• August 9, 2013 at 5:12 pm // Reply

    Gorgeous new pieces! I love the 1st one! Thanks for sharing! :)
    Your post makes me wonder.. if we should put some work online but rest some in a printed/private catalog? And how to decide which one goes where?
    But I totallyI agree with your decision. I think it is important to share your work to show especially what you’re able to do and expect some comission based on them. For sure, if someone liked one of your works you can definetely make another one “exclusive”! It’s sad for these beautiful ones that are now your “business card” but, maybe, after some contracts, you will have a lot of comissioned on portifolio and then it will make sense to have a private selection.
    I have one curious question: your work is copyrighted? It was considered in this situation?

    • August 9, 2013 at 6:07 pm // Reply

      Hi Malu — well, everything we create has automatic copyright as soon as we create it, but there’s always an option to copyright, but I haven’t gone that route yet. The very nature of surface design is that you create a prolific body of work… but copyright is done per artwork, so it would be very expensive and time-consuming thing to do! I’m still trying to find my place on this one :)

      • August 9, 2013 at 6:20 pm // Reply

        oh also you can copyright by collection or quarter to reduce your costs for registering. $35 a collection is much more manageble than per image. Can you even imagine! We’d all be copyright poor!

        • August 9, 2013 at 9:20 pm // Reply

          Thank you for the replies! :)
          Sorry it looked as silly question….I was just wondering if we copyright some collection this will have some influence in cases like in your post. I mean, if it’s ok if it’s “public forum” since it’s copyrighted or doesn’t matter at all. Just a tough how we could manage this… But Nicole made a good point up there and hold some for premiere sounds a very good plan!

  • August 9, 2013 at 5:46 pm // Reply

    Hi Elizabeth, I´m happy to hear that you participation on SURTEX has been very succesful. Your work is wunderful.
    Lilla Rogers was asked this question in her MATS course: share or not share? She clearly encouraged us the show our. How should we convince potencial clients when we don´t show them our abilities?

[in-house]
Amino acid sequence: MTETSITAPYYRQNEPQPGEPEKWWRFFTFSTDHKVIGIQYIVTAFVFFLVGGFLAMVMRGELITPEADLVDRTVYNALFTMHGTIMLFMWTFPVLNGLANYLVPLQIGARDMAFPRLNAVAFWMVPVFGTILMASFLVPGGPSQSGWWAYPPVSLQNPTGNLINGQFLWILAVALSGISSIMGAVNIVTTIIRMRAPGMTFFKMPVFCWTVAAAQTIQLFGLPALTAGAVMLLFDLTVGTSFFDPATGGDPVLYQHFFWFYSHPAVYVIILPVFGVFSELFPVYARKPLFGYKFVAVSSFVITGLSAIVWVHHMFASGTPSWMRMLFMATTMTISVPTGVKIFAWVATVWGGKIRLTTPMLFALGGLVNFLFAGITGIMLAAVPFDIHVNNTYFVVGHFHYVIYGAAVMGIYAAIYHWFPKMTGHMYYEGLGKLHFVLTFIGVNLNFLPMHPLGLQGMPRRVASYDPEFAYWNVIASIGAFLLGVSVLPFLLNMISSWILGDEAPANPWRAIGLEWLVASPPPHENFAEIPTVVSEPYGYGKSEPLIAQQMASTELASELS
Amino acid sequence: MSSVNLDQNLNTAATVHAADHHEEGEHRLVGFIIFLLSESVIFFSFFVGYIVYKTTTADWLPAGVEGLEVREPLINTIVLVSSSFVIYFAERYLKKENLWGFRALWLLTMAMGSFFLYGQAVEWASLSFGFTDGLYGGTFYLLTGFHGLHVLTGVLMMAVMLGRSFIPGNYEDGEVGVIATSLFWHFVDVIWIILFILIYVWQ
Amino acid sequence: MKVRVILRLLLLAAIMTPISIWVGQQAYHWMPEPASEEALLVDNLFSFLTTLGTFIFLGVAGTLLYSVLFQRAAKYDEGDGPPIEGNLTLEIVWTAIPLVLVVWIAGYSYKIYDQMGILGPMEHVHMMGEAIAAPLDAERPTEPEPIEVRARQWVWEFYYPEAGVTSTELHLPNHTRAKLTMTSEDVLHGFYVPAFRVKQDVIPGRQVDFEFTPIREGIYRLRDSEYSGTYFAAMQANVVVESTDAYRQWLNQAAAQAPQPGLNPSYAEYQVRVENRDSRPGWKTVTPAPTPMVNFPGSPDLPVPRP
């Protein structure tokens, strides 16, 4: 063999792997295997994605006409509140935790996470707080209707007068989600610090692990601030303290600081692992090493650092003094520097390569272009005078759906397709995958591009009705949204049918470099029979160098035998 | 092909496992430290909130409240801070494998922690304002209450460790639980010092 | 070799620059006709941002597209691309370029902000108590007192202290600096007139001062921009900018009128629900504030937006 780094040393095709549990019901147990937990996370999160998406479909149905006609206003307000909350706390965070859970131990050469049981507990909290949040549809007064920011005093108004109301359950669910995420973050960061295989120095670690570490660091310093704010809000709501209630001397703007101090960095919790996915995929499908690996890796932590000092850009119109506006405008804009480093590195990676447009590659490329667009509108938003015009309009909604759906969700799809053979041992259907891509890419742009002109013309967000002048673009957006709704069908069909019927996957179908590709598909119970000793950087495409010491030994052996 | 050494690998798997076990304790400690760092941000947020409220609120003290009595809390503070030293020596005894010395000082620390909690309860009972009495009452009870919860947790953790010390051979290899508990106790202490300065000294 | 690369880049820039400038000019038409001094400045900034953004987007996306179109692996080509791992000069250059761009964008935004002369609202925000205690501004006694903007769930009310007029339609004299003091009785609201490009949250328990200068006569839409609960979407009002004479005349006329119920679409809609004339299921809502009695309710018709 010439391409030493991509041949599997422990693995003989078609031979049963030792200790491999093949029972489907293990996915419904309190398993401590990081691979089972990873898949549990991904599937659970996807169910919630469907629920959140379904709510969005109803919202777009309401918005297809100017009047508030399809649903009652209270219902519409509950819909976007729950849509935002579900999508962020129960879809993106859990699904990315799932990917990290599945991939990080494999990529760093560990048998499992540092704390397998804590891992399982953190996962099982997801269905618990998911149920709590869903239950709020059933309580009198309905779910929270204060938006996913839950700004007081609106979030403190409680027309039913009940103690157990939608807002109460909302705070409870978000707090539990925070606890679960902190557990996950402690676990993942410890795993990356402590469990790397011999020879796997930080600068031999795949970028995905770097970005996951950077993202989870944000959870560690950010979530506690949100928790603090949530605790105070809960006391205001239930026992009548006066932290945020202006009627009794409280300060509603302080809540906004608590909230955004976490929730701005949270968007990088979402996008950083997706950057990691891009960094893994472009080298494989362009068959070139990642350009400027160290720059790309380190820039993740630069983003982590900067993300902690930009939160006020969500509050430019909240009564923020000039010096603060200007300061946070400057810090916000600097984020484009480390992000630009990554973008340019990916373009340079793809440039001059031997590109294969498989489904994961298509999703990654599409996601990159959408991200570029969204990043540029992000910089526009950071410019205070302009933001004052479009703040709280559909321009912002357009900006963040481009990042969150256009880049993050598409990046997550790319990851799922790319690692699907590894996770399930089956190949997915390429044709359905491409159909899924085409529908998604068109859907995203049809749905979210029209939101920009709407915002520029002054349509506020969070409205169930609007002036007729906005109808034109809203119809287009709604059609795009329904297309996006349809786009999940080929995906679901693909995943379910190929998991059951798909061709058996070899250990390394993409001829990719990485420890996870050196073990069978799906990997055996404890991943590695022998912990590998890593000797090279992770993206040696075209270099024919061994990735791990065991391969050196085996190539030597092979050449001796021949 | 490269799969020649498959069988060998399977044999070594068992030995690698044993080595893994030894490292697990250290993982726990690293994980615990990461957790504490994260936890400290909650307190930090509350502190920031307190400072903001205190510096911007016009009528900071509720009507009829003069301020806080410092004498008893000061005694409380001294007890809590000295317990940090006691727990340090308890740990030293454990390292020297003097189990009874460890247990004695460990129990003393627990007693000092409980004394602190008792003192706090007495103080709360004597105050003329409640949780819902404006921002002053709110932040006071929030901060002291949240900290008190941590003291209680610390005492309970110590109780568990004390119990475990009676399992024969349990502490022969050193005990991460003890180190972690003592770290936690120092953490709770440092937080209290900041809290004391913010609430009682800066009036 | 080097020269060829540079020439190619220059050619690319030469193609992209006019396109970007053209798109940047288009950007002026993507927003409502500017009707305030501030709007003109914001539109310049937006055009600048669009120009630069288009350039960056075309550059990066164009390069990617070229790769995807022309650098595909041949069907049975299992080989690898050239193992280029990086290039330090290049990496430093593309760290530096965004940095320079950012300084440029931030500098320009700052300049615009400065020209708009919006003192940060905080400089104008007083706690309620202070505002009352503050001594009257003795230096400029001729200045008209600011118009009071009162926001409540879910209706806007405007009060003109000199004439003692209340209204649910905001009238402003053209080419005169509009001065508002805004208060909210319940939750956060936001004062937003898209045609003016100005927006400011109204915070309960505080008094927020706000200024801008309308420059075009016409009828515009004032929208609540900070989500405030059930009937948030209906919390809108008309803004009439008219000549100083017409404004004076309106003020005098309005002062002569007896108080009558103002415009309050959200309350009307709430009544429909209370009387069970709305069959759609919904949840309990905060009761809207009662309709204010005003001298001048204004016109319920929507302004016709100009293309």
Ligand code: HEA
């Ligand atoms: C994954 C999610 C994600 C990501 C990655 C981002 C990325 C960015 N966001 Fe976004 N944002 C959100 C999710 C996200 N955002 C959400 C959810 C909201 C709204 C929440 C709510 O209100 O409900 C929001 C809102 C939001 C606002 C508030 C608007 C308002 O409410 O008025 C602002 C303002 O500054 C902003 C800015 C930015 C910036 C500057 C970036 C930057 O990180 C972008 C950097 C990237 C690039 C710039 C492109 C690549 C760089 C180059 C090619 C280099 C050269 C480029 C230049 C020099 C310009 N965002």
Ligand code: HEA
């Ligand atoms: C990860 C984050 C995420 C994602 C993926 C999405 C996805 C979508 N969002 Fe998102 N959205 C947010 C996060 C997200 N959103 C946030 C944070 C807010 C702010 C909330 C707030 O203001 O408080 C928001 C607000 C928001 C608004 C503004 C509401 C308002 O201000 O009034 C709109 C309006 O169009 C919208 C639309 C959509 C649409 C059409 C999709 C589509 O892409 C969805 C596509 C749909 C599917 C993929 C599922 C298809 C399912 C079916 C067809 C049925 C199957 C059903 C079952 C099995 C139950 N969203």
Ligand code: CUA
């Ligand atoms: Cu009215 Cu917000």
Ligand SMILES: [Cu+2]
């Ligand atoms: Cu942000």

Can you specify why your client had a problem to licence a work you already showed in public? I hope that a great new project will work out with this client in the future.
    Good luck,

    • August 9, 2013 at 6:11 pm // Reply

      Hi Petra! Thanks for your note :) Good to hear Lilla’s perspective on things. It’s true, nobody is ever going to know what you’re capable of unless you can show them (a picture speaks a thousand words!). The client that I was working with had had a tricky situation happen in the past, where they went into production for a product with a pattern that had been seen online, and another company copied it. It was a messy situation so moving forward, they only use ‘unseen’ artwork to avoid a situation like that happening again.

  • August 10, 2013 at 1:31 pm // Reply

    Dear Elizabeth, thank you for posting this topic. I’m new to licensing also, so I never thought about this situation that a client could decline using a design just for not being ‘for his eyes only’, although the reason you mentioned makes sense. I like your work and your honest posts about the licensing business as well as preparing for Surtex. I wish you all the luck and success and will be following your blog. Just to add, not only you’re showing the world what you’ve got by posting your work, but also inspire many others along the way.

    • August 10, 2013 at 7:04 pm // Reply

      Thanks for your lovely comments, Antonija!

  • September 4, 2013 at 10:54 pm // Reply

    Your work is wonderful how do you get your shapes so close together

    • September 5, 2013 at 2:09 am // Reply

      Thanks so much! And it just takes a whole lotta love :)

  • September 5, 2013 at 7:53 pm // Reply

    Thats how I do it Elizabeth!

  • July 30, 2015 at 7:27 am // Reply

    I think the fact that the potential client did still become a client by commissioning work from you, shows that it is still valid to share. I don’t share studio work, even though some of them are kind of OK with it, and only tend to share personal work. It depends how you make money from your work, I suppose. If you have lots of repeat clients, maybe sharing is less important, but if you want to be ‘found’ by potential clients then they only way to do that is to put yourself, and your work, out there.

    Oh and I also really hate not being able to share – I just love the instant gratification of putting up WIP images on Instagram and Facebook and getting immediate positive feedback. Working in complete isolation without just a little bit of that would be painful.

    [Ooh, just noticed this is an old post. Sorry.]

Leave a Reply

Your email address will not be published. Required fields are marked *